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Monday, June 23, 2014

Rolling Stones in Rome

Tonight I listened to the Rolling Stones perform in the Circus Maximus in Rome. Of course I didn't buy a ticket (180 Euros and sold out I'm sure). I just loitered in via Terme di Caracalla. I could see the maxi screens with St Peter's in the distance. They are old but they've still got it. They did play too many new songs (new meaning post 1978). I high point was Mick Jagger introducing Ron Wood then saying "Ron non mangia abbastanza pasta". I am pleased to report that his accent is even stronger than mine. But the really wonderful aspect was the crowd of un paying listeners. About half were kids of going to rock concert age and a good third were old enough to have been going to rock concerts when the Stones were new. The very best part was 8 pairs of people. In each pair one was middle aged and the other a teen ager and they had the same face. This was clearly a mother daughter (or father son or father daughter)bonding thing were the not so young Stones fan was showing his or her child what it was (and still is) all about. These were just people standing or milling around. There were also mom dad and the kids families which were almost as good. The stars were three women daughter mother and grandmother. I am old enough to remember when the Stones were a source of tension between parents and children, so I found all this absolutely totally incredibly wonderful.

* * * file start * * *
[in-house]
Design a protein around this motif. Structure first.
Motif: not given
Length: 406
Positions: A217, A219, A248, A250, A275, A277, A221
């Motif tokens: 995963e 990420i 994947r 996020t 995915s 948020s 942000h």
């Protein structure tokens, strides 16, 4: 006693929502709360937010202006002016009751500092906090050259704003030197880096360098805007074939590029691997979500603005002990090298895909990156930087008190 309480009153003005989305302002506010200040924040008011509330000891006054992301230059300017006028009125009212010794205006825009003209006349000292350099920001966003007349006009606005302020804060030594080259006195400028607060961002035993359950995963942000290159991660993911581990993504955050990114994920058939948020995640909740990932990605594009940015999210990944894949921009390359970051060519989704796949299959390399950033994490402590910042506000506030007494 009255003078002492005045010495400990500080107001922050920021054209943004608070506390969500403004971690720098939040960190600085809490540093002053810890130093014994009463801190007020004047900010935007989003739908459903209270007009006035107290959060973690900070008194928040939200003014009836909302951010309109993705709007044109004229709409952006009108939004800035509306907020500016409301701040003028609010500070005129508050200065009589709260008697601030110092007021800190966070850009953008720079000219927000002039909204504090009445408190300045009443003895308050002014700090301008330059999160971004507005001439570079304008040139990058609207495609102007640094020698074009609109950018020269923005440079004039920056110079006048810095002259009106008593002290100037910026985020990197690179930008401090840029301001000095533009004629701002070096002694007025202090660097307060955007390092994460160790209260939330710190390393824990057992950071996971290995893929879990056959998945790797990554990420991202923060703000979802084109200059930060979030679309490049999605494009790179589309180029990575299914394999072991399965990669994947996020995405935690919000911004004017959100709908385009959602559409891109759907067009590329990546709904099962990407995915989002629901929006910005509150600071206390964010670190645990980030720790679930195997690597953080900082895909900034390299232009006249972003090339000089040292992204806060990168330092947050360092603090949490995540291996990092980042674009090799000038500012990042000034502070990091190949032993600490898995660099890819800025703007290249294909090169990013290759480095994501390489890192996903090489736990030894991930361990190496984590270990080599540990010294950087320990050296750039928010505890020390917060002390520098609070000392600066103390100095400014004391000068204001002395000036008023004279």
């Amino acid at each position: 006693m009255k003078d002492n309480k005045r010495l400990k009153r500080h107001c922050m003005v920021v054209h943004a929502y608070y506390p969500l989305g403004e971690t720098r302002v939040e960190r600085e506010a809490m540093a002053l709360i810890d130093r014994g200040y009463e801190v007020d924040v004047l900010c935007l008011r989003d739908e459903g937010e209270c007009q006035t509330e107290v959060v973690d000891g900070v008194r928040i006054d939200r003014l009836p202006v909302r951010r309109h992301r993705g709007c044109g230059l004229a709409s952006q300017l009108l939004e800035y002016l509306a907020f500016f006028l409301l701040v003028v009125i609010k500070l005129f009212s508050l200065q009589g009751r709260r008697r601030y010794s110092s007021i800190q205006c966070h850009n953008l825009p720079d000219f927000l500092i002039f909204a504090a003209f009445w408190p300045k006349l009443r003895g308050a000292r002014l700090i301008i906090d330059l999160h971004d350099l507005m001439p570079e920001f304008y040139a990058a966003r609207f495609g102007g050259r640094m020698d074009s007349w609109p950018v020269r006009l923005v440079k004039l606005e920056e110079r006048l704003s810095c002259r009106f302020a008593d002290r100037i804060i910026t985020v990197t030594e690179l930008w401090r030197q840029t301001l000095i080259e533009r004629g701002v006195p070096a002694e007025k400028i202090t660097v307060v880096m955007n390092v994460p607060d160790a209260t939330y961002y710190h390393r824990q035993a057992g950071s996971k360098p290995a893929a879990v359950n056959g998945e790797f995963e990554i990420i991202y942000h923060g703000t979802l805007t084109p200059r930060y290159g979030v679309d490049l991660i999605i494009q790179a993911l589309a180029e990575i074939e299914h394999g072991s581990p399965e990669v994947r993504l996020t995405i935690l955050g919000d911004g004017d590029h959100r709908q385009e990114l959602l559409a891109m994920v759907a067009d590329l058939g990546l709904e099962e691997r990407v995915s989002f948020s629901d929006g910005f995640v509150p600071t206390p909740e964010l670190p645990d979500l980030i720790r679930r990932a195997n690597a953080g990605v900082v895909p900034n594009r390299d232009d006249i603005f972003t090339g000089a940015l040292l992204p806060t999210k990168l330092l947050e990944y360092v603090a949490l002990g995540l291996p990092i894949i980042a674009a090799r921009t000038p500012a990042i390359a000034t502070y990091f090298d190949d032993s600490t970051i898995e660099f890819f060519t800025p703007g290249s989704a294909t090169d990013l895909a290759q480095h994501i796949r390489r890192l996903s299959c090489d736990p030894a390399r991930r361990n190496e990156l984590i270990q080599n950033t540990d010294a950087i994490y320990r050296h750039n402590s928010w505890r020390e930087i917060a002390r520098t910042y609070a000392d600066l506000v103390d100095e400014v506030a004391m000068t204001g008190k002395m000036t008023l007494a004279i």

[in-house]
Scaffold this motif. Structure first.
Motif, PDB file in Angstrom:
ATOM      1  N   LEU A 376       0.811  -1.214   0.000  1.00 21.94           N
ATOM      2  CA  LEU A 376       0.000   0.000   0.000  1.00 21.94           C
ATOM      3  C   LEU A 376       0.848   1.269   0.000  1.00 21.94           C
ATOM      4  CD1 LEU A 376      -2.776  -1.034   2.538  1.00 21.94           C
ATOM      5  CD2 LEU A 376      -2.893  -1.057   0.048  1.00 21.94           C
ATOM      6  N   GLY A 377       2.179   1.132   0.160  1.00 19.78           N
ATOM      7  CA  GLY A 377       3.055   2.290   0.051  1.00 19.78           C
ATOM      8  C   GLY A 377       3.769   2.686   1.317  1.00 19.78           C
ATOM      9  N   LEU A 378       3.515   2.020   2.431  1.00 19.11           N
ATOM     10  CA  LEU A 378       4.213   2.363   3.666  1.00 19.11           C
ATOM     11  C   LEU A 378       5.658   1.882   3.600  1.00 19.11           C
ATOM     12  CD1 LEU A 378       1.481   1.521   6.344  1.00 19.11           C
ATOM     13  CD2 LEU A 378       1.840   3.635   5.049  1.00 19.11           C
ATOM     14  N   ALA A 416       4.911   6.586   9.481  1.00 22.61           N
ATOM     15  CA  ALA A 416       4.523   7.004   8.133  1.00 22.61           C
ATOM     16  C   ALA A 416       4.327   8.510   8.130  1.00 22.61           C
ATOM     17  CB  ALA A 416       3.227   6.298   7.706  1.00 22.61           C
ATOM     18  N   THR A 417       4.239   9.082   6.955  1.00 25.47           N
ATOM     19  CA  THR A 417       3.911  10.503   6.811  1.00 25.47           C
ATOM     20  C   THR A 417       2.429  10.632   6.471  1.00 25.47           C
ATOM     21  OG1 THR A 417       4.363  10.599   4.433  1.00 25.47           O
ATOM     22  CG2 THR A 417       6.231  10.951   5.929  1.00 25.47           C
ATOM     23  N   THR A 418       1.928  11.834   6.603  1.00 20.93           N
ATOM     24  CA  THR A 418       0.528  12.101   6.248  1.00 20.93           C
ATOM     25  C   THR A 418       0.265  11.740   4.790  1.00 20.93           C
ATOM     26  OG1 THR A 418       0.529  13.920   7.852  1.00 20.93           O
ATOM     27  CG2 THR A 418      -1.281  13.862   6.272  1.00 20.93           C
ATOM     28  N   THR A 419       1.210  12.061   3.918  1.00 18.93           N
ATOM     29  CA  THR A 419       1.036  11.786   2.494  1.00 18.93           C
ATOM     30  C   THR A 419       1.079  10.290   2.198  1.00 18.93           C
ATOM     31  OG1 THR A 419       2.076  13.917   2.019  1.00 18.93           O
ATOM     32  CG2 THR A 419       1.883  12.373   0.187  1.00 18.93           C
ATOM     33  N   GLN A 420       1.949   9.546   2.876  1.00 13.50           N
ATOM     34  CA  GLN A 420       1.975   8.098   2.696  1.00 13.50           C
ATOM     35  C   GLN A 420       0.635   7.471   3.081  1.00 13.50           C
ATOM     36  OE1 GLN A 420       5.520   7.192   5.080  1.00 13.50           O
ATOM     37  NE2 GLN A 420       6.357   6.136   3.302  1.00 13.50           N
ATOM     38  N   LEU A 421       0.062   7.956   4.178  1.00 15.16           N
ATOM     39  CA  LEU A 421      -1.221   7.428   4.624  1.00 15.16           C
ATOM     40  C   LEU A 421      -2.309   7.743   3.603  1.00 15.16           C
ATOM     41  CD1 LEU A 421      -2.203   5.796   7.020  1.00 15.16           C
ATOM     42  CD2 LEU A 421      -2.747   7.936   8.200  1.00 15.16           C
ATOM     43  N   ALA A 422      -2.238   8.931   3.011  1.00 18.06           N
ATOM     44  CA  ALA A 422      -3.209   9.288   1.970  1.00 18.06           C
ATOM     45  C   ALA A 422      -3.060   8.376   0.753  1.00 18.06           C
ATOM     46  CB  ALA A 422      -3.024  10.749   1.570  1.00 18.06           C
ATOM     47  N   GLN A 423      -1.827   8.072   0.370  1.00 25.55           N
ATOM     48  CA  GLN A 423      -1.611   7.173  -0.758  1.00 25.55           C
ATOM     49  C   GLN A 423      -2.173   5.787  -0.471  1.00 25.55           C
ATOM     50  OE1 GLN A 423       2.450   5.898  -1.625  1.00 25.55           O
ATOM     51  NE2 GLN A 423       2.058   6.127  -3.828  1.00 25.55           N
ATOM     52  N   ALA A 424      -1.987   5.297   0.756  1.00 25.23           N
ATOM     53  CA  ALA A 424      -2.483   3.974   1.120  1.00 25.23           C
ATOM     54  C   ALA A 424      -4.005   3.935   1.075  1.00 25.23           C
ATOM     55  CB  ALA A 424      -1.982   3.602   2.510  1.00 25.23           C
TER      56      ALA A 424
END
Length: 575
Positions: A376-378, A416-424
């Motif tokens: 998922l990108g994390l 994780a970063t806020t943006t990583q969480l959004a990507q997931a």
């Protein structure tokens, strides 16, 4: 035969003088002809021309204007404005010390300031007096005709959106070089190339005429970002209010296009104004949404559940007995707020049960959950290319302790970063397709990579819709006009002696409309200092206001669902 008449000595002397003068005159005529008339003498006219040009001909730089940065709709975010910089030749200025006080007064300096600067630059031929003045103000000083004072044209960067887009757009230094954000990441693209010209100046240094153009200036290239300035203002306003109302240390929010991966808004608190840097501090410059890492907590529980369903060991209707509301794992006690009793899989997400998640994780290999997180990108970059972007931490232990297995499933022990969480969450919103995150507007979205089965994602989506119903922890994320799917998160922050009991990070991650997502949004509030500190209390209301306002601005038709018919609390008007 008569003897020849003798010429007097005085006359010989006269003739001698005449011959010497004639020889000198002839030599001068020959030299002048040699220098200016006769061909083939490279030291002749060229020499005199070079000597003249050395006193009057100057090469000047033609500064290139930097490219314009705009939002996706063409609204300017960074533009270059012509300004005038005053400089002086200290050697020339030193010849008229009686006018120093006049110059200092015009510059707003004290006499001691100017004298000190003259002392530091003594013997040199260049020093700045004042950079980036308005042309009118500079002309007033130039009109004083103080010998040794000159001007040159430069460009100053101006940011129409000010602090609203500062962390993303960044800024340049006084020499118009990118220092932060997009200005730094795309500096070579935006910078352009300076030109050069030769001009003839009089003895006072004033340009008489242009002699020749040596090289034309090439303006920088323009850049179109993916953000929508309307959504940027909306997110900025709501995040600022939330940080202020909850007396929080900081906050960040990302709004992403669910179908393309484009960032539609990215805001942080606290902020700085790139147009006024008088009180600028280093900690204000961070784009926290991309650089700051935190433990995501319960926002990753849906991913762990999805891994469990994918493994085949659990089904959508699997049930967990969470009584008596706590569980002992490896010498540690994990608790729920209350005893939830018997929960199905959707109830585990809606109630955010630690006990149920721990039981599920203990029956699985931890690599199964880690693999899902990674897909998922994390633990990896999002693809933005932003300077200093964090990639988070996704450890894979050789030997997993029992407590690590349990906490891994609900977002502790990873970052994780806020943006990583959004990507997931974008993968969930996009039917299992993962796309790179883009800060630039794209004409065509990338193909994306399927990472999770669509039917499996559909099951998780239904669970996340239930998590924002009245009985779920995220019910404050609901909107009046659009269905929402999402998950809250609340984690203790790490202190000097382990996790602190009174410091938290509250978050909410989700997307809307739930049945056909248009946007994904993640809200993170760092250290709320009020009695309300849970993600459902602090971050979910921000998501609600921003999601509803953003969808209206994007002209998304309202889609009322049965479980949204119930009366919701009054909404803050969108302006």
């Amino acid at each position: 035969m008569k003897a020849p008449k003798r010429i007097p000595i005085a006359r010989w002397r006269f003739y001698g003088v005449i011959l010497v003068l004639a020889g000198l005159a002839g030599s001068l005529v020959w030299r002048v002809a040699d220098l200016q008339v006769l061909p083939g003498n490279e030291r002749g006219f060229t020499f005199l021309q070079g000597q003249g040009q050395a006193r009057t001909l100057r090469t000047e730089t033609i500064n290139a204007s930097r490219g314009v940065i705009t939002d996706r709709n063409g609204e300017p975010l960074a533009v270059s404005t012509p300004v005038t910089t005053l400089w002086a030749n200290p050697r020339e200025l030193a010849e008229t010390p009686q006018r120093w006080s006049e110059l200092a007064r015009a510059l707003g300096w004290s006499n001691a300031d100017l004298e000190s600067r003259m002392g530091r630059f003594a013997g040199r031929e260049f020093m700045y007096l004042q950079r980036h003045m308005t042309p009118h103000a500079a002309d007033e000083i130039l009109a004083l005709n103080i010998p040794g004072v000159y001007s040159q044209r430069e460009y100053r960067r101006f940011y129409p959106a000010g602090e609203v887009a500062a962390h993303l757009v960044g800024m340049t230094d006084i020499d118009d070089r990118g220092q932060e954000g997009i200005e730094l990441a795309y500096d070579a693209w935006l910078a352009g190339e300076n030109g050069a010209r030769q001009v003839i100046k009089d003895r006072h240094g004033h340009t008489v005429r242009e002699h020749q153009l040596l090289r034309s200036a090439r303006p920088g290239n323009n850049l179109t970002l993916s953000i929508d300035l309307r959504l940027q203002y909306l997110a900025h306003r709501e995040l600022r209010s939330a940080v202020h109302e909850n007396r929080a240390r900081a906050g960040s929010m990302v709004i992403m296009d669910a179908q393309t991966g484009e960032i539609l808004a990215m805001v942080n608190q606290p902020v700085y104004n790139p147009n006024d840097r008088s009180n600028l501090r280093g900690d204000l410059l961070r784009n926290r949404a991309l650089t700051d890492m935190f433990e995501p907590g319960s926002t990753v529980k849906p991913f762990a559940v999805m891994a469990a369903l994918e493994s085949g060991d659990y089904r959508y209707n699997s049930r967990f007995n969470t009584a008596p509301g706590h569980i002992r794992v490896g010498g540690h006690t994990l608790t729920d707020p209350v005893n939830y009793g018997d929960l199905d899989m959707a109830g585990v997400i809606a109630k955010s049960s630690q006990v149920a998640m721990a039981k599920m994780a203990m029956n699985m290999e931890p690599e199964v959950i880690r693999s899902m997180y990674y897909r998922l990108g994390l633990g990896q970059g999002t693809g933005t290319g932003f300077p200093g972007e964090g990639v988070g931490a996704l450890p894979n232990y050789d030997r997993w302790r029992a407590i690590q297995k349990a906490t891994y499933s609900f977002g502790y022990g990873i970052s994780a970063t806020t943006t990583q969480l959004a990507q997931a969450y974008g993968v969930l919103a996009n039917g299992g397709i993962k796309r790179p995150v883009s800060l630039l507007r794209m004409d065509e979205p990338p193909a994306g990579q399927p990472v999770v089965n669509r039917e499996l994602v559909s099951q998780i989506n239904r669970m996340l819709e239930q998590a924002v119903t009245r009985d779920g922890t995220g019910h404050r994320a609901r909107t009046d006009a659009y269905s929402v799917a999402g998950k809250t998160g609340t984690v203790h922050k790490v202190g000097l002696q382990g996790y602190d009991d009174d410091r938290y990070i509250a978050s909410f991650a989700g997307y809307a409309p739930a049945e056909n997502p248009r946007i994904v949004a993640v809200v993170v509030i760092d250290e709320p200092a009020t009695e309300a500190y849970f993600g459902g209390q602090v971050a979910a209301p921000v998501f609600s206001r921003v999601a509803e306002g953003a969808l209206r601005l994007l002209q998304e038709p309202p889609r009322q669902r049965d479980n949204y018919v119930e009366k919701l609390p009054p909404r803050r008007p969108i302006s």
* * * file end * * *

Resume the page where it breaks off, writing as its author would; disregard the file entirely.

1 comment:

Jeffrey Davis said...

Their peak was 1972 and the concert movie "Ladies and Gentlemen, The Rolling Stones" proves it. The final 3 songs on the playlist -- Bye Bye Johnny, Jumpin' Jack Flash, and Street Fighting Man -- are as good as rock and roll ever got, and all of the songs are available on Youtube. Just include "1972" in your search.

There's an hysterical unexplained flub on Bye Bye Johnny. In the first chorus, Richards either sings a weird note in harmony or burps or something. Jagger cracks up and Richards has this elaborate head duck of apology. At that point, even their mistakes were cool.